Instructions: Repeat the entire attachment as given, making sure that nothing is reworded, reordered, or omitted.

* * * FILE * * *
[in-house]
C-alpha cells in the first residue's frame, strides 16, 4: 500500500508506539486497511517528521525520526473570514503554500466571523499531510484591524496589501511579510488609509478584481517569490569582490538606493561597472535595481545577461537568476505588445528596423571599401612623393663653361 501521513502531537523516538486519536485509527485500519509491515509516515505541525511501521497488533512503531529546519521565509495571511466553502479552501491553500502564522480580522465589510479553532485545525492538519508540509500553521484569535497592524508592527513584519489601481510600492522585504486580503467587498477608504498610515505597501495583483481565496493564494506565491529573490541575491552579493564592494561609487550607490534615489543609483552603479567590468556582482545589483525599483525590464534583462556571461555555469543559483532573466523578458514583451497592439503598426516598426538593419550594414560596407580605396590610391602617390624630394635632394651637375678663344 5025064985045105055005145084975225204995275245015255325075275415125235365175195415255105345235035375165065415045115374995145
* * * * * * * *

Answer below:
[in-house]
C-alpha cells in the first residue's frame, strides 16, 4: 500500500508506539486497511517528521525520526473570514503554500466571523499531510484591524496589501511579510488609509478584481517569490569582490538606493561597472535595481545577461537568476505588445528596423571599401612623393663653361 501521513502531537523516538486519536485509527485500519509491515509516515505541525511501521497488533512503531529546519521565509495571511466553502479552501491553500502564522480580522465589510479553532485545525492538519508540509500553521484569535497592524508592527513584519489601481510600492522585504486580503467587498477608504498610515505597501495583483481565496493564494506565491529573490541575491552579493564592494561609487550607490534615489543609483552603479567590468556582482545589483525599483525590464534583462556571461555555469543559483532573466523578458514583451497592439503598426516598426538593419550594414560596407580605396590610391602617390624630394635632394651637375678663344 5025064985045105055005145084975225204995275245015255325075275415125235365175195415255105345235035375165065415045115374995145